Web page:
Research paper says risks of Digital ID must be addressed

A new research paper proposes a framework to ensure the NSW government addresses risks as it rolls out digital identity, including facial analysis technology.

Professor Edward Santow

Digital identity refers to technology that can verify a person’s identity and credentials so they can engage in transactions with the government without face-to-face interactions, physical documents, or digital copies of sensitive information.

It can offer convenience, efficiencies, individual privacy protections and better cybersecurity for governments and business, the report released by the  Human Technology Institute at UTS on Monday says.

It notes that NSW, which in April 2022 committed to establishing a digital ID in the state, has been at the forefront of the nation’s digital transformation of government services.

The NSW Digital ID will use facial verification technology and ‘liveness detection’ to verify identity.

However the report warns there are risks to privacy and human rights that must be understood and addressed as Digital ID is extended through the state.

Need for guardrails

As well as loss of trust in government, Digital ID without appropriate guardrails can result in errors and bias, aggregation of sensitive personal information, hacking and identity fraud, and denial of access to basis services and entitlements.

“Digital identity also carries significant risk,” Professor Edward Santow and co-authors write.

Digital identity also carries significant risk.

Professor Edward Santow

“Technology that enables digital identity initiatives – especially facial recognition technologies (FRT) such as facial verification, facial identification, or facial analysis – unavoidably restricts the right to privacy.

“Recent major data breaches, involving millions of Australians, remind us of the consequences of poor data practices.”

Ten supporting principles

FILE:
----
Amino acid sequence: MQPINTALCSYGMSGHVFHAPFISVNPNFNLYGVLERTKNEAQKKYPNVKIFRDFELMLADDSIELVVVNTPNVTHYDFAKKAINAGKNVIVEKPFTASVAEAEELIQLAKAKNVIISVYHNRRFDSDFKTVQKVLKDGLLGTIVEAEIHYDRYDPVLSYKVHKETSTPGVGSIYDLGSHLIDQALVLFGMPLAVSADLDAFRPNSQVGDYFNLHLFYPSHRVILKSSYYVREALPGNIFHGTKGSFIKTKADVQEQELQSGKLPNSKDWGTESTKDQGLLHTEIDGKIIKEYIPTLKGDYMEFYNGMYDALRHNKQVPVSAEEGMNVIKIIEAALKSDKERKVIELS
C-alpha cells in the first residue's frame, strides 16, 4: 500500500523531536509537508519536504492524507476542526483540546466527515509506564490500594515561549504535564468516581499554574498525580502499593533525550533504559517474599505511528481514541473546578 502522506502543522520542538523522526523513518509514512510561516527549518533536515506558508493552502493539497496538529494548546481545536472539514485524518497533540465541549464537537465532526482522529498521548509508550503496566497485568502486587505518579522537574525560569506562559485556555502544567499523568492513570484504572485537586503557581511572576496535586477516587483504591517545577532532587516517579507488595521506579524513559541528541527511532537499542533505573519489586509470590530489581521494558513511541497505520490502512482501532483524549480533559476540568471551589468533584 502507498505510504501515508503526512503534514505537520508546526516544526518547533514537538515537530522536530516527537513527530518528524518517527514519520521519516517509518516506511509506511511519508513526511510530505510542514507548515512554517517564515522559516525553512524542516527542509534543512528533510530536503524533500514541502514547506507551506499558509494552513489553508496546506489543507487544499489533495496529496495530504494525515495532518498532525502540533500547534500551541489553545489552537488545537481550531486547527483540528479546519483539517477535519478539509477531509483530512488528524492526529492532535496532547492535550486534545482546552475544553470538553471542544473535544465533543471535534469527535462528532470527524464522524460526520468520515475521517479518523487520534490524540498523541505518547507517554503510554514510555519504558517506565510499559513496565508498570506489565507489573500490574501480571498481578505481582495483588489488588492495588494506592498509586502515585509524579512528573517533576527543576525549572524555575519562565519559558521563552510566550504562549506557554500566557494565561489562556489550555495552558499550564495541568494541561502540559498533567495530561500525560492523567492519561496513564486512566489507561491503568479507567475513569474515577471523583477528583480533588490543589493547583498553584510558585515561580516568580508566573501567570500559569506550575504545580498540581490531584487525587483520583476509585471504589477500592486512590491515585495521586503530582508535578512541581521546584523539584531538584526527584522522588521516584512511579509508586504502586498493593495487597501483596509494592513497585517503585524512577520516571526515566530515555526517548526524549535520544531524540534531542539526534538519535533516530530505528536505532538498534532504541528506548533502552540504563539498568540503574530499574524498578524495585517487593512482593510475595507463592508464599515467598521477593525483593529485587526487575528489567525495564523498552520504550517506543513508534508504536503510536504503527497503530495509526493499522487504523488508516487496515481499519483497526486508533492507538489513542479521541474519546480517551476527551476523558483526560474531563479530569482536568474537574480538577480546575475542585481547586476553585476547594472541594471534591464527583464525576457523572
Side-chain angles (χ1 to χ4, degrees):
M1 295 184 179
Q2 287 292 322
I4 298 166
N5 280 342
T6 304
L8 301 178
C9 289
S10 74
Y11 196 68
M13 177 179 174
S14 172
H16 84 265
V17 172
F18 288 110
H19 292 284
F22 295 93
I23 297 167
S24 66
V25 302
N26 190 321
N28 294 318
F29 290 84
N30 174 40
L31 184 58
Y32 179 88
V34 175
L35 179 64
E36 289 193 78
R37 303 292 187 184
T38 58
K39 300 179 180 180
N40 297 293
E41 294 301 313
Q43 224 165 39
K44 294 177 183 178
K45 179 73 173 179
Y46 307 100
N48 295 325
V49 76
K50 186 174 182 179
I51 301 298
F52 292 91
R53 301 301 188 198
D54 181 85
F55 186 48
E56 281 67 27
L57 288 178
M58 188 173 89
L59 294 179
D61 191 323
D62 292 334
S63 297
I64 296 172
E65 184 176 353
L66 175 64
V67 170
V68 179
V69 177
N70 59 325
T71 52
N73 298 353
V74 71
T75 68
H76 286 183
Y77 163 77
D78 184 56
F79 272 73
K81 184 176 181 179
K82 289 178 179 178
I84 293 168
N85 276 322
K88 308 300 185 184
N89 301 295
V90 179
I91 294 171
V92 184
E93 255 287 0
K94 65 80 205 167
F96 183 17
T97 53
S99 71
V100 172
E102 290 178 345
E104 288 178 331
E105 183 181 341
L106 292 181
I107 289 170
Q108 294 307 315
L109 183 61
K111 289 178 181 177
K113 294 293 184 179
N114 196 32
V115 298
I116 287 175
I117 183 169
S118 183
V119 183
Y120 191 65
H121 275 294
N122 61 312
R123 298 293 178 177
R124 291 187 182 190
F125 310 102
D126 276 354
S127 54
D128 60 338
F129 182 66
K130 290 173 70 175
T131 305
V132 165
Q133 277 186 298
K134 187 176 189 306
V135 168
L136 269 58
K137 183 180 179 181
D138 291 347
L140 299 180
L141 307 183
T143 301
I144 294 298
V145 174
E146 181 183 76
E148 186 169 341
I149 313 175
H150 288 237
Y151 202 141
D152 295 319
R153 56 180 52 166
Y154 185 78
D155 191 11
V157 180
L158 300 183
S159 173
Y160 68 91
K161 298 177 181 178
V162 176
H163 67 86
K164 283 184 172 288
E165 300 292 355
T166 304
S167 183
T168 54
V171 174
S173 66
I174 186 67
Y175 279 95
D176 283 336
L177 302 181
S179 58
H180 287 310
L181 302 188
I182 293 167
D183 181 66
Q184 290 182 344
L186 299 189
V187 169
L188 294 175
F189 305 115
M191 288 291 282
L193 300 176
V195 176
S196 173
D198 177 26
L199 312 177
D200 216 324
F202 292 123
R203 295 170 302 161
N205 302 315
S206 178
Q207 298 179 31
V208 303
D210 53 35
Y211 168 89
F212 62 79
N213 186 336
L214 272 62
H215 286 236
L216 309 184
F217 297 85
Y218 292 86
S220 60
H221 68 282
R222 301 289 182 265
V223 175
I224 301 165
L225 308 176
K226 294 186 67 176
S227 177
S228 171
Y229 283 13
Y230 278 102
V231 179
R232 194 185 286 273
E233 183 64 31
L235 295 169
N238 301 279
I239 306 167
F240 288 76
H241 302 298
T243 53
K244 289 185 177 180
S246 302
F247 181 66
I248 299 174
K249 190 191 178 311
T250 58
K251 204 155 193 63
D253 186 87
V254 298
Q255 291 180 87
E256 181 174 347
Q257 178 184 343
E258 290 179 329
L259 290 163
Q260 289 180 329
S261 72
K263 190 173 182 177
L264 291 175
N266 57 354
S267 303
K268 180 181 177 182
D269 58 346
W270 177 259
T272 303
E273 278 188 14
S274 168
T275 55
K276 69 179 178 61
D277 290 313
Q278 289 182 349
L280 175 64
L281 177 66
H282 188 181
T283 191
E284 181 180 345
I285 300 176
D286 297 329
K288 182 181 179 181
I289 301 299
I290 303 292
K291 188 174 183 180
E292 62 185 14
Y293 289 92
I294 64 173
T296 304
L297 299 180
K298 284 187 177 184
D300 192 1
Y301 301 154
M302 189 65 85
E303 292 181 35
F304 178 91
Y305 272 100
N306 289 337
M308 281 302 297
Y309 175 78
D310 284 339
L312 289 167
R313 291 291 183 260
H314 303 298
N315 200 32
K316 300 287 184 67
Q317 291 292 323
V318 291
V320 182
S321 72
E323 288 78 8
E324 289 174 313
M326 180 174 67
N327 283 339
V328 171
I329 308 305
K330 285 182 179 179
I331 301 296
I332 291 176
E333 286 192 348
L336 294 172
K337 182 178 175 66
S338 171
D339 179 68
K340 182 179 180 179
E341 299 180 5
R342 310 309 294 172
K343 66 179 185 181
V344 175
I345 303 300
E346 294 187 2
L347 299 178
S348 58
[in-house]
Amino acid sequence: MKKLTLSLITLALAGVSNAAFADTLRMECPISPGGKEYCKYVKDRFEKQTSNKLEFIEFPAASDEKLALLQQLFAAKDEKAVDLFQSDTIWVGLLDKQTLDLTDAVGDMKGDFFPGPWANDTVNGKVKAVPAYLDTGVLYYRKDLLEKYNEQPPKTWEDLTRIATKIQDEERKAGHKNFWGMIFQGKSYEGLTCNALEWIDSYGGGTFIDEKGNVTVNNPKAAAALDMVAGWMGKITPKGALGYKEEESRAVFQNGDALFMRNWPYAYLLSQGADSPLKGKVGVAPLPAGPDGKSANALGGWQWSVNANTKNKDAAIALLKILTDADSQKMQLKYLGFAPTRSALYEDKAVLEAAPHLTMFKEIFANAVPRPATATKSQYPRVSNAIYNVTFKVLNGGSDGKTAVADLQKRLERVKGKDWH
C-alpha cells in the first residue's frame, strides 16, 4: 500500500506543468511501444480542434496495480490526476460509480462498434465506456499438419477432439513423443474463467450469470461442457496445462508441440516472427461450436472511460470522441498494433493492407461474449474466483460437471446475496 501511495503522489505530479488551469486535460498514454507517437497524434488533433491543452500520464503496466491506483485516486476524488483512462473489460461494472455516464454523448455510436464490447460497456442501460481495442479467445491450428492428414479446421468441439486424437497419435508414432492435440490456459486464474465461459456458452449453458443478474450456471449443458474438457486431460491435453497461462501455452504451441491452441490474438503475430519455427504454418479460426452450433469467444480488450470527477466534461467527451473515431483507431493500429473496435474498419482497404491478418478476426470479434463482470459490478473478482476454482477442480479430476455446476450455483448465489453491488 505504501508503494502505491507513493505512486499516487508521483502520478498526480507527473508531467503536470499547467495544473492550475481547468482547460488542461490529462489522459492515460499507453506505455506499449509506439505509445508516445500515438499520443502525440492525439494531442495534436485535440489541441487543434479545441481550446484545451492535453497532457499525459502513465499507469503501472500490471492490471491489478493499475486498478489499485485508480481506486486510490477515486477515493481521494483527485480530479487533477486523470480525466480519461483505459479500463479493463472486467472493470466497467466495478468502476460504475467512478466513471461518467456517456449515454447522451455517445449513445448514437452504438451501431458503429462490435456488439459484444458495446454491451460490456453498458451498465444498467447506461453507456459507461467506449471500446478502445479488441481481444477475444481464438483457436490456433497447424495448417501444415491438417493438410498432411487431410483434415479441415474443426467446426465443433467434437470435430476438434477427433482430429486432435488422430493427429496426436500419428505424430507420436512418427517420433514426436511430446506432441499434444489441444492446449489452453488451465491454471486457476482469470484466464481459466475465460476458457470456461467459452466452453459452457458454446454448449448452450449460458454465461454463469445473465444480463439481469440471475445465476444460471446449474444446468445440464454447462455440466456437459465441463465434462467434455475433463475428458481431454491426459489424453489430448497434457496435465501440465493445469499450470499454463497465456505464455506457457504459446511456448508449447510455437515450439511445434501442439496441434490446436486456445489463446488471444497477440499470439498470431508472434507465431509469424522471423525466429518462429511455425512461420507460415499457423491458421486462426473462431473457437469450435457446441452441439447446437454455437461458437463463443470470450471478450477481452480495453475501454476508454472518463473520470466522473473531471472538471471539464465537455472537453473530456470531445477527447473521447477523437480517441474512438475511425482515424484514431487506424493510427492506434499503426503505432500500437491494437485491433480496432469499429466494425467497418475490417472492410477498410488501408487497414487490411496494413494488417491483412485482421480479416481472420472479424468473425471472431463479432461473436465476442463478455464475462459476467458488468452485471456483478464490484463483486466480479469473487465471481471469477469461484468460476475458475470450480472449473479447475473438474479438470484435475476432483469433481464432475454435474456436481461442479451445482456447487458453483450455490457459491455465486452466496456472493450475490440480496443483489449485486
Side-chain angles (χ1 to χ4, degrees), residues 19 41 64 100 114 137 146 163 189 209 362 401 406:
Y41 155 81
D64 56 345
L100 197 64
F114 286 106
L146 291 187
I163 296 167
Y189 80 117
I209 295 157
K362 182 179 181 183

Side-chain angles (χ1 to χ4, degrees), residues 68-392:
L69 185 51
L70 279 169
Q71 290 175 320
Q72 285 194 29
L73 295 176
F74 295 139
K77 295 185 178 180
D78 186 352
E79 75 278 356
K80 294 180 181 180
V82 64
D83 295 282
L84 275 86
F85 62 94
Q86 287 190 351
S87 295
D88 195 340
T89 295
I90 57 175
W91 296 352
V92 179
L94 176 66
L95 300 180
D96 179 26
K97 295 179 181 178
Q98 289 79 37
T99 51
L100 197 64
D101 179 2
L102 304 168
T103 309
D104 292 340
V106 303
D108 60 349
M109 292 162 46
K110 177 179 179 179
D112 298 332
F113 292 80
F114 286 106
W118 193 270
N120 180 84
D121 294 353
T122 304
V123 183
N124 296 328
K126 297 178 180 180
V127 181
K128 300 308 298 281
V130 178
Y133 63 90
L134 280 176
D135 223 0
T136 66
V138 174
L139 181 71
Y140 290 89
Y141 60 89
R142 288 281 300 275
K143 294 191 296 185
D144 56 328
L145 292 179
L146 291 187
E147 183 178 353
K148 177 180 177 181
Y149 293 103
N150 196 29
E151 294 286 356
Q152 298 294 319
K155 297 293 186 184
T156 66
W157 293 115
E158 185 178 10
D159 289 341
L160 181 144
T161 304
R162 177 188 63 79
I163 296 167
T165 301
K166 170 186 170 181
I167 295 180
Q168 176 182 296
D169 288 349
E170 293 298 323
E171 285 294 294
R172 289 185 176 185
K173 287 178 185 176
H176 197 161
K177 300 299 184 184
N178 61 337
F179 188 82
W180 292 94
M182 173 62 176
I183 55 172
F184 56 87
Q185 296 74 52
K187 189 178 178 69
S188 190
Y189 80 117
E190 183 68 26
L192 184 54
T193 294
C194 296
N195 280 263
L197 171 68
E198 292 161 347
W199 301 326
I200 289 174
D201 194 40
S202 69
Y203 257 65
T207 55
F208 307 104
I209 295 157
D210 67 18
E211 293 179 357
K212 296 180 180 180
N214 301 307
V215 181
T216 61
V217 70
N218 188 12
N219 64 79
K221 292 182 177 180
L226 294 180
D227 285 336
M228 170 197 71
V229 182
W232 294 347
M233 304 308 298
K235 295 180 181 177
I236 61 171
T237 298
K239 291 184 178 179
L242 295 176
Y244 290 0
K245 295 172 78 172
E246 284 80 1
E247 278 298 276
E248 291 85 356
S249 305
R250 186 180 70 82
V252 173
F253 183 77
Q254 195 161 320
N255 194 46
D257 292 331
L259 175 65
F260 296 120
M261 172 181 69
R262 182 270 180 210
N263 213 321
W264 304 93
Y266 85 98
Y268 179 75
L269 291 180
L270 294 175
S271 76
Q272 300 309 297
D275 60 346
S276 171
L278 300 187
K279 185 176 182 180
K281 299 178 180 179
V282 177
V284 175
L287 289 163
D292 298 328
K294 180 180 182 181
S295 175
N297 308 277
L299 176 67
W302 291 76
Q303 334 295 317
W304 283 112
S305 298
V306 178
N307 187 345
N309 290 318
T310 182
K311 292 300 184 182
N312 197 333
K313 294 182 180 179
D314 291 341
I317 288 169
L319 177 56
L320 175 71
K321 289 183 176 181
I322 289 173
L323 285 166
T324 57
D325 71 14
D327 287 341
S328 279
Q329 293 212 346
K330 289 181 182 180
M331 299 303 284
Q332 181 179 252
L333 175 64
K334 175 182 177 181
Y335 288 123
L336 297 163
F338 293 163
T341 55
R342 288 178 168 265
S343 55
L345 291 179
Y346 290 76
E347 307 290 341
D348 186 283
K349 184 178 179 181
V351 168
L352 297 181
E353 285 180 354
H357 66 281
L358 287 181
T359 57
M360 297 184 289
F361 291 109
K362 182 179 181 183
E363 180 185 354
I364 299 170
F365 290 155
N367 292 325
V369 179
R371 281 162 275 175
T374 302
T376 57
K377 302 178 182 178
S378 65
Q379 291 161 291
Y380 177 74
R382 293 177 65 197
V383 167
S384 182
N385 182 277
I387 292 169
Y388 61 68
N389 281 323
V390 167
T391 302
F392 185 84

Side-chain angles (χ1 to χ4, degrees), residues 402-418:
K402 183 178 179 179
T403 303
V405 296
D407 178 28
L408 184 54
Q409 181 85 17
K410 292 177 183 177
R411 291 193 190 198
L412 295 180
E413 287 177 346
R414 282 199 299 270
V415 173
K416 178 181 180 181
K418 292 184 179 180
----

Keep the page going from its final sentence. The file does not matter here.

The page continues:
The paper, produced in collaboration with the NSW government, sets out how law, governance and training can make digital ID systems more trustworthy.

It contains ten supporting principles for digital ID in NSW

  1. NSW Digital ID should be established in law
  2.  2.NSW Digital ID should protect and promote the privacy and data security of all users
  3. There should be independent monitoring and oversight of NSW Digital ID
  4. Legislation and policy for NSW Digital ID should ensure citizen autonomy through effective mechanisms for choice and consent
  5.  NSW Digital ID should perform to a high standard of accuracy and be fit for purpose. Service NSW, as the responsible agency, should report publicly and periodically on relevant independent benchmarking and technical standards compliance
  6. NSW Digital ID should be useable for all, with the benefits enjoyed by everyone equally
  7. Service NSW, as the responsible agency for NSW Digital ID, should put in place robust internal monitoring and oversight mechanisms
  8. NSW Digital ID users should be able to access timely correction and redress
  9. There should be clear communication to the public about NSW Digital ID prior to its rollout
  10. NSW Digital ID should be developed with a view to integrating with federal and other Australian digital identity systems(source: Improving governance and training for the use of facial verification technology in NSW Digital ID, Professor Edward Santow, Sophie Farthing, Lauren Perry)

Digital government minister Jihad Dib says the government will leverage the expertise of institutions like the HTI in developing and delivering and digital ID technologies.

“As our work evolves there is great value in having an open conversation with leading experts about the way we deliver this technology,” Mr Dib said.

The release of the report also comes as the parliament considers federal digital ID legislation.

Dr Santow and Executive Director of Digital Identity at Digital.NSW Lenka Bradovkova will discuss the report at the Future of AI summit at UTS on December 18.

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